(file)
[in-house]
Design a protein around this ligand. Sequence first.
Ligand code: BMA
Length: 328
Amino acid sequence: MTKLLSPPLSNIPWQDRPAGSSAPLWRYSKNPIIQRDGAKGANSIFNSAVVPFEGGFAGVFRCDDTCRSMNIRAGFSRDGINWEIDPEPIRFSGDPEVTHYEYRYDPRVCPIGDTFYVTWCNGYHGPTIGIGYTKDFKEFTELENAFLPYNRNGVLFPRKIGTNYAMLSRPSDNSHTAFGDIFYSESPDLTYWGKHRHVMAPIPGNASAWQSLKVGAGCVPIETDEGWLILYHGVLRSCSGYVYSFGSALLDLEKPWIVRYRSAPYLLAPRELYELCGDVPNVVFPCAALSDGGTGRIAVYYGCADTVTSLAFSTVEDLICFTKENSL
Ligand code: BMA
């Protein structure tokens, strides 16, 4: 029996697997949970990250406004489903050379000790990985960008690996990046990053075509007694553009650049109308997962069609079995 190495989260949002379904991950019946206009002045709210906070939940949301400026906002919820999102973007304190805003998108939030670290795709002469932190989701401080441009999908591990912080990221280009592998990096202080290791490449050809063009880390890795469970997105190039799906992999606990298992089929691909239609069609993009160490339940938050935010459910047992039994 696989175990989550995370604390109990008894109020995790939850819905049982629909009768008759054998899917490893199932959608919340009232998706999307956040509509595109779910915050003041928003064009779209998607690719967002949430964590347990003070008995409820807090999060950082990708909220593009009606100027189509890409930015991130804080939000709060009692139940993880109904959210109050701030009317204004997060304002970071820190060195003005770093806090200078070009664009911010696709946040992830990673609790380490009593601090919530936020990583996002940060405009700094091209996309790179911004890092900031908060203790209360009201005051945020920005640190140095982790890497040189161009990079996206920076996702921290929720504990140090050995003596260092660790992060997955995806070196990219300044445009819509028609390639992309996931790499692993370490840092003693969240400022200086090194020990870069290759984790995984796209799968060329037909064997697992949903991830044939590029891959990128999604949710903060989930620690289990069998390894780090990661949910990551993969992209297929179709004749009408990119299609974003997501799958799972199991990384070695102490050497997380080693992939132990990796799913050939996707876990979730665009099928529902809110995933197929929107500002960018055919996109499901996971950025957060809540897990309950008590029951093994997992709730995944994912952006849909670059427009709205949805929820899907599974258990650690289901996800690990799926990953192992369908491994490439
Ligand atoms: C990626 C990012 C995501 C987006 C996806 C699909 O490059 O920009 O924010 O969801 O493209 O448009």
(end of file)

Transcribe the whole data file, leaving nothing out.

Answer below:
[in-house]
Design a protein around this ligand. Sequence first.
Ligand code: BMA
Length: 328
Amino acid sequence: MTKLLSPPLSNIPWQDRPAGSSAPLWRYSKNPIIQRDGAKGANSIFNSAVVPFEGGFAGVFRCDDTCRSMNIRAGFSRDGINWEIDPEPIRFSGDPEVTHYEYRYDPRVCPIGDTFYVTWCNGYHGPTIGIGYTKDFKEFTELENAFLPYNRNGVLFPRKIGTNYAMLSRPSDNSHTAFGDIFYSESPDLTYWGKHRHVMAPIPGNASAWQSLKVGAGCVPIETDEGWLILYHGVLRSCSGYVYSFGSALLDLEKPWIVRYRSAPYLLAPRELYELCGDVPNVVFPCAALSDGGTGRIAVYYGCADTVTSLAFSTVEDLICFTKENSL
Ligand code: BMA
């Protein structure tokens, strides 16, 4: 029996697997949970990250406004489903050379000790990985960008690996990046990053075509007694553009650049109308997962069609079995 190495989260949002379904991950019946206009002045709210906070939940949301400026906002919820999102973007304190805003998108939030670290795709002469932190989701401080441009999908591990912080990221280009592998990096202080290791490449050809063009880390890795469970997105190039799906992999606990298992089929691909239609069609993009160490339940938050935010459910047992039994 696989175990989550995370604390109990008894109020995790939850819905049982629909009768008759054998899917490893199932959608919340009232998706999307956040509509595109779910915050003041928003064009779209998607690719967002949430964590347990003070008995409820807090999060950082990708909220593009009606100027189509890409930015991130804080939000709060009692139940993880109904959210109050701030009317204004997060304002970071820190060195003005770093806090200078070009664009911010696709946040992830990673609790380490009593601090919530936020990583996002940060405009700094091209996309790179911004890092900031908060203790209360009201005051945020920005640190140095982790890497040189161009990079996206920076996702921290929720504990140090050995003596260092660790992060997955995806070196990219300044445009819509028609390639992309996931790499692993370490840092003693969240400022200086090194020990870069290759984790995984796209799968060329037909064997697992949903991830044939590029891959990128999604949710903060989930620690289990069998390894780090990661949910990551993969992209297929179709004749009408990119299609974003997501799958799972199991990384070695102490050497997380080693992939132990990796799913050939996707876990979730665009099928529902809110995933197929929107500002960018055919996109499901996971950025957060809540897990309950008590029951093994997992709730995944994912952006849909670059427009709205949805929820899907599974258990650690289901996800690990799926990953192992369908491994490439
Ligand atoms: C990626 C990012 C995501 C987006 C996806 C699909 O490059 O920009 O924010 O969801 O493209 O448009």